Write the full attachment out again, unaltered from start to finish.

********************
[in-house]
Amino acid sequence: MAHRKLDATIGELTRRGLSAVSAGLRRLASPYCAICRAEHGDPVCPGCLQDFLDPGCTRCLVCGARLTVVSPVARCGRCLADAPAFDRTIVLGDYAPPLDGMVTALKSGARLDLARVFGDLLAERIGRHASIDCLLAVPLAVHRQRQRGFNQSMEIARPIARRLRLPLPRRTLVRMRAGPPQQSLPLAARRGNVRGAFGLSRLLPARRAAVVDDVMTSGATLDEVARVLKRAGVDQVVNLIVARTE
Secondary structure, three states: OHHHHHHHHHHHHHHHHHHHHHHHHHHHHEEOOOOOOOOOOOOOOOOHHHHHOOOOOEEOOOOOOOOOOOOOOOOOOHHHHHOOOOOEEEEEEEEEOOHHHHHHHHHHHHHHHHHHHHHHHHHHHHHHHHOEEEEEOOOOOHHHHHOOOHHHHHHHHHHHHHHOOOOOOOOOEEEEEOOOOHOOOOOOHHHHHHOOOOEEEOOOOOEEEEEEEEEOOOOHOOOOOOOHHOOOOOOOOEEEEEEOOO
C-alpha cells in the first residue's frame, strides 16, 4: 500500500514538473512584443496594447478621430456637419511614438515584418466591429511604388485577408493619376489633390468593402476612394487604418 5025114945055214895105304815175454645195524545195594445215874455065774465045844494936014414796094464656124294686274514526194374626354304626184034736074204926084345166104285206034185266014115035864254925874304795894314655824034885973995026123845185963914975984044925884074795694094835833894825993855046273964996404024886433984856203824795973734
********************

[in-house]
Amino acid sequence: MAHRKLDATIGELTRRGLSAVSAGLRRLASPYCAICRAEHGDPVCPGCLQDFLDPGCTRCLVCGARLTVVSPVARCGRCLADAPAFDRTIVLGDYAPPLDGMVTALKSGARLDLARVFGDLLAERIGRHASIDCLLAVPLAVHRQRQRGFNQSMEIARPIARRLRLPLPRRTLVRMRAGPPQQSLPLAARRGNVRGAFGLSRLLPARRAAVVDDVMTSGATLDEVARVLKRAGVDQVVNLIVARTE
Secondary structure, three states: OHHHHHHHHHHHHHHHHHHHHHHHHHHHHEEOOOOOOOOOOOOOOOOHHHHHOOOOOEEOOOOOOOOOOOOOOOOOOHHHHHOOOOOEEEEEEEEEOOHHHHHHHHHHHHHHHHHHHHHHHHHHHHHHHHOEEEEEOOOOOHHHHHOOOHHHHHHHHHHHHHHOOOOOOOOOEEEEEOOOOHOOOOOOHHHHHHOOOOEEEOOOOOEEEEEEEEEOOOOHOOOOOOOHHOOOOOOOOEEEEEEOOO
C-alpha cells in the first residue's frame, strides 16, 4: 500500500514538473512584443496594447478621430456637419511614438515584418466591429511604388485577408493619376489633390468593402476612394487604418 5025114945055214895105304815175454645195524545195594445215874455065774465045844494936014414796094464656124294686274514526194374626354304626184034736074204926084345166104285206034185266014115035864254925874304795894314655824034885973995026123845185963914975984044925884074795694094835833894825993855046273964996404024886433984856203824795973734